Blood vessels of the head and neck

Common carotid arteries and external and external carotid arteries and their

Branches of the external carotid artery
Branches in the neck
Superior thyroid, Facial, lingual, ascending pharyngeal, occipital,
posterior auricular

Terminal branches
Superficial temporal artery
Maxillary artery

Blood vessels of the Neck

Branches of the subclavian artery (subclavian artery is divided into 3 parts by the
scalene anterior)

1st part
Vertebral, internal mammary, thyrocervical
2nd part
Usually no branch

Vertebral artery
- branch of the 1st part of the subclavian artery
- ascends to the cranial cavity along the transverse foramen of the 6th 1st
cervical vertebrae
- enters the foramen magnum and, at the base of the pons unites with each
other and forms the basilar artery
- basilar artery bifurcates into right and left posterior cerebral arteries

Internal thoracic artery
- branch of the 1st part of subclavian artery
- descends along the lateral border of the sternum on the posterior surface
of the anterior thoracic wall, accompanied by 2 venae comitantes
- gives off branches to the upper 6 anterior intercostal spaces (1st -6th
anterior intercostal arteries)
- after giving off the 6th anterior intercostal artery it bifurcates into 2
terminal branches, the superior epigastric, and musculophrenic arteries.
- The superior epigastric descends into the anterior abdominal wall, enters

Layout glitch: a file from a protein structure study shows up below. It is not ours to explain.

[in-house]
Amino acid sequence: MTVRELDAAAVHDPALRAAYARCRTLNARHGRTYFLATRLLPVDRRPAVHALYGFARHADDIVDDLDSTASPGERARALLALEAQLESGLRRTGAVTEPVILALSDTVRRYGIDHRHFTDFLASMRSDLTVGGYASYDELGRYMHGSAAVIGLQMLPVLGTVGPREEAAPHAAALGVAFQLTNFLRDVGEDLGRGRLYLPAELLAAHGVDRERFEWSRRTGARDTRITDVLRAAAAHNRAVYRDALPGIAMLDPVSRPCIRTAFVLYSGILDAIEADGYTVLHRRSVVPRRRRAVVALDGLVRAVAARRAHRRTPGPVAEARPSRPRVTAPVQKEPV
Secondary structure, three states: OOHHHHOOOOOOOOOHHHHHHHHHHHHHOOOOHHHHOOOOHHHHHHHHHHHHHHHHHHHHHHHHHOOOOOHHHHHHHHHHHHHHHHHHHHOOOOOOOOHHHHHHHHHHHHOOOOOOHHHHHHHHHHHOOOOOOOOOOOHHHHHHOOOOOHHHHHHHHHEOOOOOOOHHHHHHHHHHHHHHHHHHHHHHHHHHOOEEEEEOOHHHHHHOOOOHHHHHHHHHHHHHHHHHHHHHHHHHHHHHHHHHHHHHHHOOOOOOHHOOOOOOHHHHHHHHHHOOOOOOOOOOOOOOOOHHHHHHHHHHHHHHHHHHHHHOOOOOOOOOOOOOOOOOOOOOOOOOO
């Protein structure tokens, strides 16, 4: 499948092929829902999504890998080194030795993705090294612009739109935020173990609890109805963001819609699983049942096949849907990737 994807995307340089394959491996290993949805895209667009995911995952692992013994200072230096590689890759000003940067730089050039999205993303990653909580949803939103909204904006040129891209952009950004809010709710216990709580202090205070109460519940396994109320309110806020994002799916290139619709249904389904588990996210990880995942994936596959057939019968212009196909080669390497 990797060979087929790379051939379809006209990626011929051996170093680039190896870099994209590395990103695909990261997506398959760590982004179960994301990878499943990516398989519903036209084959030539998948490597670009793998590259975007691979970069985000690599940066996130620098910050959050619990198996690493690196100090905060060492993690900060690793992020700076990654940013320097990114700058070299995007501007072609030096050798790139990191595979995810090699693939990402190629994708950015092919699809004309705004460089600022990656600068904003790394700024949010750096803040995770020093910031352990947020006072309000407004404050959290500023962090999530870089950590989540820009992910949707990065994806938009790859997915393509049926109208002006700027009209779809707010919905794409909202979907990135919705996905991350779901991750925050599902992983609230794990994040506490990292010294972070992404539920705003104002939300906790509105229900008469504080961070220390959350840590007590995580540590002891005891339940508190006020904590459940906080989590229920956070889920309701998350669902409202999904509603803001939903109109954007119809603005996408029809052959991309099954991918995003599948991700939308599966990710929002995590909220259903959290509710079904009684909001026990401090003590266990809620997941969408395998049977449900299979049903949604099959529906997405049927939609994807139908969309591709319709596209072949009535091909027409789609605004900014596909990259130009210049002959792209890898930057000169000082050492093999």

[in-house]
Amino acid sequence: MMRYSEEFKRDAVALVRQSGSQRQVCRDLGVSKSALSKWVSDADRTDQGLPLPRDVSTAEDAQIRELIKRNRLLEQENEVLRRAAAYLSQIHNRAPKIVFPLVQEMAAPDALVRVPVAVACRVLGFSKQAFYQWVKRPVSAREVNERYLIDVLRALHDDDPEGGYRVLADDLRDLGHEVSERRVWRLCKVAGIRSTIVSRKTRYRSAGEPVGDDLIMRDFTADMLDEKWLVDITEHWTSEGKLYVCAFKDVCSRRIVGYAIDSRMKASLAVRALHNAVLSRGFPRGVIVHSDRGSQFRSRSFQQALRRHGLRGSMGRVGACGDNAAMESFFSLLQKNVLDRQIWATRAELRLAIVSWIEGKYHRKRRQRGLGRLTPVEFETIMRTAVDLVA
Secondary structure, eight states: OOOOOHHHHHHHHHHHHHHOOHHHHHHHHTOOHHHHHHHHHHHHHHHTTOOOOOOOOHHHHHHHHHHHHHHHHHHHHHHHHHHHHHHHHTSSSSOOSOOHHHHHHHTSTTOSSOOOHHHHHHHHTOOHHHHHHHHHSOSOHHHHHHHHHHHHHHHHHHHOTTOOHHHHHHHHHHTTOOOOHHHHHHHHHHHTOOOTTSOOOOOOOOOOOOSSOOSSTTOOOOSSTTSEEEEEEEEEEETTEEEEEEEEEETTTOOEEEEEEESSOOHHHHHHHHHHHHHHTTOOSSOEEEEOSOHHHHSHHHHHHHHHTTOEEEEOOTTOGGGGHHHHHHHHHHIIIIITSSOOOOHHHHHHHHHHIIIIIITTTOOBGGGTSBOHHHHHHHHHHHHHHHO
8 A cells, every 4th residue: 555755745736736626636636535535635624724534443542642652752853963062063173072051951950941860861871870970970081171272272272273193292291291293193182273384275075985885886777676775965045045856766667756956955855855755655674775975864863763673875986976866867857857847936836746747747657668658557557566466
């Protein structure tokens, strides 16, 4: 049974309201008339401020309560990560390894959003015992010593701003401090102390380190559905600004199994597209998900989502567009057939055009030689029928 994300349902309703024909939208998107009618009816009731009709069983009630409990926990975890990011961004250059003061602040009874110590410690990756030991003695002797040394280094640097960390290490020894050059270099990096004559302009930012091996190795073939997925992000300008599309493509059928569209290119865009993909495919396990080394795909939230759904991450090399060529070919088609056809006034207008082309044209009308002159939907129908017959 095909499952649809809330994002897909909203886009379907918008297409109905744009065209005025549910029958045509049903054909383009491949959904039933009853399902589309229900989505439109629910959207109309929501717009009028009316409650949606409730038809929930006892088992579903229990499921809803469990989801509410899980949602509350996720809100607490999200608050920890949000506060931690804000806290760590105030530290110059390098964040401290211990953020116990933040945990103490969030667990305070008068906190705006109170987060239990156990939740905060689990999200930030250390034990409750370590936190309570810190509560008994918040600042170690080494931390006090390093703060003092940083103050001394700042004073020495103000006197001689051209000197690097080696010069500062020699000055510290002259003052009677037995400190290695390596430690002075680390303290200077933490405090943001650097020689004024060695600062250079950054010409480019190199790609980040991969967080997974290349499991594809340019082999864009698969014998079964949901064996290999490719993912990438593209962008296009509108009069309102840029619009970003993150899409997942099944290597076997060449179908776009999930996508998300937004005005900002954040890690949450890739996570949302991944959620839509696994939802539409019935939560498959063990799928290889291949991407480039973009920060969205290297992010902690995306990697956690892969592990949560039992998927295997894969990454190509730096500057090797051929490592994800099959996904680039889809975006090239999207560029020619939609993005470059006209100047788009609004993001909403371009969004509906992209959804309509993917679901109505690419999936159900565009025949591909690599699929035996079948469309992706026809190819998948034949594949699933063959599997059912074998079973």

the rectus sheath where it anastomosis with the inferior epigastric artery
- The musculophrenic artery gives off the 7th 11th anterior intercostal
- The venae comitantes of the internal thoracic (mammary) artery drain
into the corresponding innominate vein

Thyrocervical artery
- a branch of the 1st part of subclavian artery
- three branches
o inferior thyroid artery
o superficial cervical
o suprascapular artery

Costocervical artery
- a branch of the 2nd part of the subclavian artery
- two branches
o superior intercostal
o deep cervical

Blood vessles of the Upper Extremity

Axillary artery
- distal continuation of the subclavian artery
- it extends from the outer border of the 1st rib down to the lower border of
the teres major muscle
- divided into 3 part/segments by the pectoralis minor
- branches of the 1st part supreme thoracic or highest thoracic artery
- branches of the 2nd part thoracoacromoal and lateral thoracic